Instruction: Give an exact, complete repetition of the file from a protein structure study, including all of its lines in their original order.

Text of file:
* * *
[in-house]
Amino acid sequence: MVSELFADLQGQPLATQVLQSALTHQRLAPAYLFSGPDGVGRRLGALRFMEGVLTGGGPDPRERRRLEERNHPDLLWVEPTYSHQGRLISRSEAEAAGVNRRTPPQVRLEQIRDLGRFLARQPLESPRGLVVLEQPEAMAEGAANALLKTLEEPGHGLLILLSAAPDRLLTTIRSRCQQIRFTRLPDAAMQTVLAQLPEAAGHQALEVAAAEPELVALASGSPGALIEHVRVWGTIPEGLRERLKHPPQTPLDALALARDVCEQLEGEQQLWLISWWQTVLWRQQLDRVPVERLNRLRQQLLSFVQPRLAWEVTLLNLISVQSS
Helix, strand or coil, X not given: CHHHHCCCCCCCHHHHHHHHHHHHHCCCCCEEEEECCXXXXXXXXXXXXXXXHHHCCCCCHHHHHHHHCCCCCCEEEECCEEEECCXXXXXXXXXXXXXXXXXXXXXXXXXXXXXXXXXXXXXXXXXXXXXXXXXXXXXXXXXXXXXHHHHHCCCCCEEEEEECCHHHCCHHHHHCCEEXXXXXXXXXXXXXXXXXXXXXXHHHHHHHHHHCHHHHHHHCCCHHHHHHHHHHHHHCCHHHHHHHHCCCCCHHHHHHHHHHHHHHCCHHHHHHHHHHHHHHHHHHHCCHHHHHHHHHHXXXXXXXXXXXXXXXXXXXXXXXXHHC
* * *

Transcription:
[in-house]
Amino acid sequence: MVSELFADLQGQPLATQVLQSALTHQRLAPAYLFSGPDGVGRRLGALRFMEGVLTGGGPDPRERRRLEERNHPDLLWVEPTYSHQGRLISRSEAEAAGVNRRTPPQVRLEQIRDLGRFLARQPLESPRGLVVLEQPEAMAEGAANALLKTLEEPGHGLLILLSAAPDRLLTTIRSRCQQIRFTRLPDAAMQTVLAQLPEAAGHQALEVAAAEPELVALASGSPGALIEHVRVWGTIPEGLRERLKHPPQTPLDALALARDVCEQLEGEQQLWLISWWQTVLWRQQLDRVPVERLNRLRQQLLSFVQPRLAWEVTLLNLISVQSS
Helix, strand or coil, X not given: CHHHHCCCCCCCHHHHHHHHHHHHHCCCCCEEEEECCXXXXXXXXXXXXXXXHHHCCCCCHHHHHHHHCCCCCCEEEECCEEEECCXXXXXXXXXXXXXXXXXXXXXXXXXXXXXXXXXXXXXXXXXXXXXXXXXXXXXXXXXXXXXHHHHHCCCCCEEEEEECCHHHCCHHHHHCCEEXXXXXXXXXXXXXXXXXXXXXXHHHHHHHHHHCHHHHHHHCCCHHHHHHHHHHHHHCCHHHHHHHHCCCCCHHHHHHHHHHHHHHCCHHHHHHHHHHHHHHHHHHHCCHHHHHHHHHHXXXXXXXXXXXXXXXXXXXXXXXXHHC